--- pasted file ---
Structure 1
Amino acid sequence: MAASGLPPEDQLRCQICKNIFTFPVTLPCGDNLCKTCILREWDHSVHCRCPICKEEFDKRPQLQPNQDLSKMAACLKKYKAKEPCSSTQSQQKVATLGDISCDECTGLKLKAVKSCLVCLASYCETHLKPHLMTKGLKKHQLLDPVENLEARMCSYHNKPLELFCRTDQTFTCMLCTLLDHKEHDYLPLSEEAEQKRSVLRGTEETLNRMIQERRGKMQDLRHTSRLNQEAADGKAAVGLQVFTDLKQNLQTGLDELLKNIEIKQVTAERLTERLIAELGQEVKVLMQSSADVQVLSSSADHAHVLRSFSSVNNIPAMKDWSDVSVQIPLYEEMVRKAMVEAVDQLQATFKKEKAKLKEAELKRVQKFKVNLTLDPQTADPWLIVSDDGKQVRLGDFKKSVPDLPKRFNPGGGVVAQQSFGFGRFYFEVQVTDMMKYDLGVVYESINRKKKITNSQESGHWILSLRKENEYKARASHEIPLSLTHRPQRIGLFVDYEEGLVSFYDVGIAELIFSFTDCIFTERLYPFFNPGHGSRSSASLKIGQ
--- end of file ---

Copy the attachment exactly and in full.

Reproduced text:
Structure 1
Amino acid sequence: MAASGLPPEDQLRCQICKNIFTFPVTLPCGDNLCKTCILREWDHSVHCRCPICKEEFDKRPQLQPNQDLSKMAACLKKYKAKEPCSSTQSQQKVATLGDISCDECTGLKLKAVKSCLVCLASYCETHLKPHLMTKGLKKHQLLDPVENLEARMCSYHNKPLELFCRTDQTFTCMLCTLLDHKEHDYLPLSEEAEQKRSVLRGTEETLNRMIQERRGKMQDLRHTSRLNQEAADGKAAVGLQVFTDLKQNLQTGLDELLKNIEIKQVTAERLTERLIAELGQEVKVLMQSSADVQVLSSSADHAHVLRSFSSVNNIPAMKDWSDVSVQIPLYEEMVRKAMVEAVDQLQATFKKEKAKLKEAELKRVQKFKVNLTLDPQTADPWLIVSDDGKQVRLGDFKKSVPDLPKRFNPGGGVVAQQSFGFGRFYFEVQVTDMMKYDLGVVYESINRKKKITNSQESGHWILSLRKENEYKARASHEIPLSLTHRPQRIGLFVDYEEGLVSFYDVGIAELIFSFTDCIFTERLYPFFNPGHGSRSSASLKIGQ